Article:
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State Auditor Blaha Releases Annual Tax Increment Financing Legislative Report - January 10, 2023

Contact: Donald McFarland | 651-236-0494

Saint Paul, MN – State Auditor Julie Blaha has released the annual Tax Increment Financing (TIF) Legislative Report for 2021 activity reported in 2022. “TIF districts are ending early more often – and that’s good news,” said Auditor Blaha. “The benefits of TIF for taxpayers are realized when a district ends and the new value becomes part of the tax base. Early decertifications show that once planned costs are paid, authorities are closing districts and reaping those benefits.”

Tax increment financing is a financing tool for redevelopment, housing, and economic development projects that allows authorities to use the incremental property taxes (i.e. "tax increments"), generated by the increased taxable value of a development to help finance the development activities.

“The OSA's education and oversight activities help ensure good stewardship of tax increment financing, where authorities terminate TIF districts in a timely manner and return any excess tax increment revenues to counties, cities, and school districts,” added Blaha.

Highlights and Trends

  • In 2021, approximately $241 million of tax increment revenue was generated statewide, which is a decrease of seven percent from 2020 and slightly under the total from two years ago. The totals for each of these three most recent years exceeded those for each prior year over the past decade. In inflation-adjusted constant dollars, the past decade of revenues has been less than totals in the previous two decades and is more on par with totals from the mid-1980s. (Pages 19 - 22)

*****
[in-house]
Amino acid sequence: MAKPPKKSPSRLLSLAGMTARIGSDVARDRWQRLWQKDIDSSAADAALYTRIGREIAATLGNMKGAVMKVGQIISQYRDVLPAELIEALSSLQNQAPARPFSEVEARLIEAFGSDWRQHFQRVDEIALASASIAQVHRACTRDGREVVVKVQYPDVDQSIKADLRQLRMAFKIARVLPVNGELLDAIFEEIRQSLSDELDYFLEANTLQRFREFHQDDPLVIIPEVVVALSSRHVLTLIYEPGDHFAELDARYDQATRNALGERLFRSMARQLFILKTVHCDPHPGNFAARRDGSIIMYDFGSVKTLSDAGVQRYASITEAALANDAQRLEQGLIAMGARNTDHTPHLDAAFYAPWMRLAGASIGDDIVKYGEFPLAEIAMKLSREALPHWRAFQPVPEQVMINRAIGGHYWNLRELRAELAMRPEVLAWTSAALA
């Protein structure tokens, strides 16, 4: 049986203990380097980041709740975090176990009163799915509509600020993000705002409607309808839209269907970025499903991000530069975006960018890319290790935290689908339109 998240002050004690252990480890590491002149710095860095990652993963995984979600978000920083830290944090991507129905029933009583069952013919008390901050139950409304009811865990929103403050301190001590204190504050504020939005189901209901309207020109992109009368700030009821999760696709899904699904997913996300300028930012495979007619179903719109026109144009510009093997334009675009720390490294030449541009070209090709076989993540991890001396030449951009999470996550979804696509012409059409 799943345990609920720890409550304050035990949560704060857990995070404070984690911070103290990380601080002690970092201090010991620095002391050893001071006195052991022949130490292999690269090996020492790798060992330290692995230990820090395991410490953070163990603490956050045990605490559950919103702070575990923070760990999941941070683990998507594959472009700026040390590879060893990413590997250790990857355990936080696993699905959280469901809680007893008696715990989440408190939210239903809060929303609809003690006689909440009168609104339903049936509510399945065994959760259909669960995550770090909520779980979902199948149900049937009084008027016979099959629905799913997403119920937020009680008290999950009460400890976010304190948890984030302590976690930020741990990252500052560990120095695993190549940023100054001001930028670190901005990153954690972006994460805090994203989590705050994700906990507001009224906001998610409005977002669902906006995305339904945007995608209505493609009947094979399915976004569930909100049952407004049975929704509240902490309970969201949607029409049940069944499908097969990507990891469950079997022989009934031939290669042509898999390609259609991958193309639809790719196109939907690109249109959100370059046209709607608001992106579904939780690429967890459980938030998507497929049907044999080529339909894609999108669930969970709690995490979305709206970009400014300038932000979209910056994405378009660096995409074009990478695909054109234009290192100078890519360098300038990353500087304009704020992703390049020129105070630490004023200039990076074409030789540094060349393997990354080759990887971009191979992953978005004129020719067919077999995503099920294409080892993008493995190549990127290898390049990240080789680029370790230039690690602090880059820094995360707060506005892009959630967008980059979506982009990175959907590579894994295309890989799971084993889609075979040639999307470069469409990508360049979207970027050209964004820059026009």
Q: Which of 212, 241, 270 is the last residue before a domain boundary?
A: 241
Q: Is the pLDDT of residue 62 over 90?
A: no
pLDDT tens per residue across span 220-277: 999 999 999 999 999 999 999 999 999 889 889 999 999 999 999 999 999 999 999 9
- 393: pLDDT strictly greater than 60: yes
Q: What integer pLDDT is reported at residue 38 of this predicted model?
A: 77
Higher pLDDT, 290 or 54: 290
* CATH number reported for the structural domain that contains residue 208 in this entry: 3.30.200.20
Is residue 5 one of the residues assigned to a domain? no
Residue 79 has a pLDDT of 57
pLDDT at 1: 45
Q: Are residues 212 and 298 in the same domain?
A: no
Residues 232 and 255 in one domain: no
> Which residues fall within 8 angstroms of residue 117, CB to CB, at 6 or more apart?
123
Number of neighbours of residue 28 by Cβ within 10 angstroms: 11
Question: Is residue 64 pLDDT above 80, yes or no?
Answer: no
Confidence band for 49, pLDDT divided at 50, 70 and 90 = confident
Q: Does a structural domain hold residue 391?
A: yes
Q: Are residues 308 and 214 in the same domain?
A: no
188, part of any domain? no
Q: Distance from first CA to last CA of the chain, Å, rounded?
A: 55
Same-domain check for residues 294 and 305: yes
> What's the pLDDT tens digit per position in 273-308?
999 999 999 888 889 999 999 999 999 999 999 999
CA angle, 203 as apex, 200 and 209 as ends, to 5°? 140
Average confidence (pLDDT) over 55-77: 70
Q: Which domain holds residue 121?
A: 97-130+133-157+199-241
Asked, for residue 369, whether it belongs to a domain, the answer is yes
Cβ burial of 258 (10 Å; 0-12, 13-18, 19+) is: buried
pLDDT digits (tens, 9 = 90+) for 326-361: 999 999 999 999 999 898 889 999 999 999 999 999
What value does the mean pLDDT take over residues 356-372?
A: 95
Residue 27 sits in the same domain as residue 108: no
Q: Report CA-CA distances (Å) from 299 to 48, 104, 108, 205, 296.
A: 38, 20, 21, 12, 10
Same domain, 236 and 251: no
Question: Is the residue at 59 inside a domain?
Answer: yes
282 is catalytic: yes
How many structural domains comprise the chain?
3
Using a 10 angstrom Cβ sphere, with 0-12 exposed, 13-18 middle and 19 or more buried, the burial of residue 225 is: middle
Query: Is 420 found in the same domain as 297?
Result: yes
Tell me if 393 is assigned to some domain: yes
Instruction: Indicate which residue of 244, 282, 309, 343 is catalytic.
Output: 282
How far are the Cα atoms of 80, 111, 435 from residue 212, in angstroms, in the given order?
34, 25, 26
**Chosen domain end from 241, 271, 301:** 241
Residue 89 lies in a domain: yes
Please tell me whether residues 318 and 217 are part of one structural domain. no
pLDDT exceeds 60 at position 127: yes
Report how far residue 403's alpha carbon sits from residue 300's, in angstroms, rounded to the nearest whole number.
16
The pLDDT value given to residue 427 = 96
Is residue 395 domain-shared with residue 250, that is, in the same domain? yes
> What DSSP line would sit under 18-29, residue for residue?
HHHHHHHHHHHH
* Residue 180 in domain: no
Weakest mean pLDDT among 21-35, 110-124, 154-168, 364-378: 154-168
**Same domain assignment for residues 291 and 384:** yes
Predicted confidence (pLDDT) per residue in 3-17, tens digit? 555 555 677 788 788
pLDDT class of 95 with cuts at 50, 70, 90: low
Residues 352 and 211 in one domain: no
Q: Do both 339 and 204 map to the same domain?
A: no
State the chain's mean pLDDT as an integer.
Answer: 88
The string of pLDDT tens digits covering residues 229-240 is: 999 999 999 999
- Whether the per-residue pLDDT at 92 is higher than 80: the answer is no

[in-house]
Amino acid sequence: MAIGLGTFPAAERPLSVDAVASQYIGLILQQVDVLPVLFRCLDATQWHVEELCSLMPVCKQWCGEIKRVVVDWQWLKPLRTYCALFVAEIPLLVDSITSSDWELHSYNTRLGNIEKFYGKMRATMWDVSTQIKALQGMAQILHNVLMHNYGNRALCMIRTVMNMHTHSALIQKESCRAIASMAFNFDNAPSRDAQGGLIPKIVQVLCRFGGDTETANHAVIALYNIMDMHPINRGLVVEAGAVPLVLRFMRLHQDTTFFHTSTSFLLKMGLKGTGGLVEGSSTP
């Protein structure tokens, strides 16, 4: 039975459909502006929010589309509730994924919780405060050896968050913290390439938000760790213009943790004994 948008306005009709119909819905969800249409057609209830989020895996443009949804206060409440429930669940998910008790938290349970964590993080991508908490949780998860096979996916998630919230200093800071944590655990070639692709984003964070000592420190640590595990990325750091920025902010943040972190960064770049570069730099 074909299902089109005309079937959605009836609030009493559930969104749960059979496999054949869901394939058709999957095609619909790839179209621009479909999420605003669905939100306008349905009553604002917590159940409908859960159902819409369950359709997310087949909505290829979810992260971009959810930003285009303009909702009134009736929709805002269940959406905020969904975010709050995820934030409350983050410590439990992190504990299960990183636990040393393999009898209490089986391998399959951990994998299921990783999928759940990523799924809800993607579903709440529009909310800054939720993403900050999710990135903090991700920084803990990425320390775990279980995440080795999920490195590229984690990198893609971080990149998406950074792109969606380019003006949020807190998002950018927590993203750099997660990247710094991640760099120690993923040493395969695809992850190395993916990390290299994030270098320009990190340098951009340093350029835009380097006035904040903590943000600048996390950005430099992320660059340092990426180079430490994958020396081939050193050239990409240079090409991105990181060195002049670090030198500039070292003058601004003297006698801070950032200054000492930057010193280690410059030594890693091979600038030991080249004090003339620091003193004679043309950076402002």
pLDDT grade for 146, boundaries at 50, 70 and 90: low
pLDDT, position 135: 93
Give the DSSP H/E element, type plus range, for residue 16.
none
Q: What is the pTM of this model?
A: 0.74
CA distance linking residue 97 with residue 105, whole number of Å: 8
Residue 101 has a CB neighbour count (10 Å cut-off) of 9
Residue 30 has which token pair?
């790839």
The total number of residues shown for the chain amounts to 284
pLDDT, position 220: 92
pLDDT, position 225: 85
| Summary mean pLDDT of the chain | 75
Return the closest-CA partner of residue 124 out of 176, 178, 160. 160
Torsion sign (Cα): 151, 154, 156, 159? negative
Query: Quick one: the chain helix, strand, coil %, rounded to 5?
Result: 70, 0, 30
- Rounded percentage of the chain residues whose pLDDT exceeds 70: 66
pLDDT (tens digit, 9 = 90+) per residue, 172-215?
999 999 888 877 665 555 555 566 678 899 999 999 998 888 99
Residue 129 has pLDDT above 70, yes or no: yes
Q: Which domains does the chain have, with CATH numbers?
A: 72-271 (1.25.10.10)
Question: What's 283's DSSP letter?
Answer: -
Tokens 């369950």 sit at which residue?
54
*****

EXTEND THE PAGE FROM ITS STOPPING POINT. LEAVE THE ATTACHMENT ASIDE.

• In 2021, 385 development authorities submitted reports to the OSA for 1,668 TIF districts. The number of districts since 2016 has largely remained constant at between 1,653 and 1,668 districts. (Pages 11 - 14)
  • In 2021, 99 new TIF districts were certified, 20 more than the 79 new districts certified in 2020. In 2021, 84 districts were decertified, a decrease of 15 percent from 2020. The number of new certifications each year has fluctuated less over the last ten years than the number of annual decertifications. (Pages 15 - 17)
  • In the latest five-year period, 78 percent of redevelopment and housing districts decertified early, compared to 38 percent of economic development districts decertifying early (a still-significant rate given their shorter statutory duration limits). While housing districts have more consistently decertified early, the early decertification rates for redevelopment and economic development districts have been increasing. (Page 18)
  • In 2021, development authorities returned $8,576,519 in tax increment revenue to county auditors for redistribution as property taxes to cities, counties, and school districts. (Page 22)
  • In 2021, there was $1.8 billion of outstanding debt associated with TIF districts, an increase of eight percent from 2020. Pay-As-You-Go (PAYG) obligations were the predominant type of debt, making up 68 percent of the debt reported. General Obligation (GO) bonds comprised about 16 percent of the total debt. Interfund loans (mostly from non-tax increment accounts) made up 11 percent of total debt. (Page 24)

View the complete report, which includes an Executive Summary, graphs, and tables on the OSA website.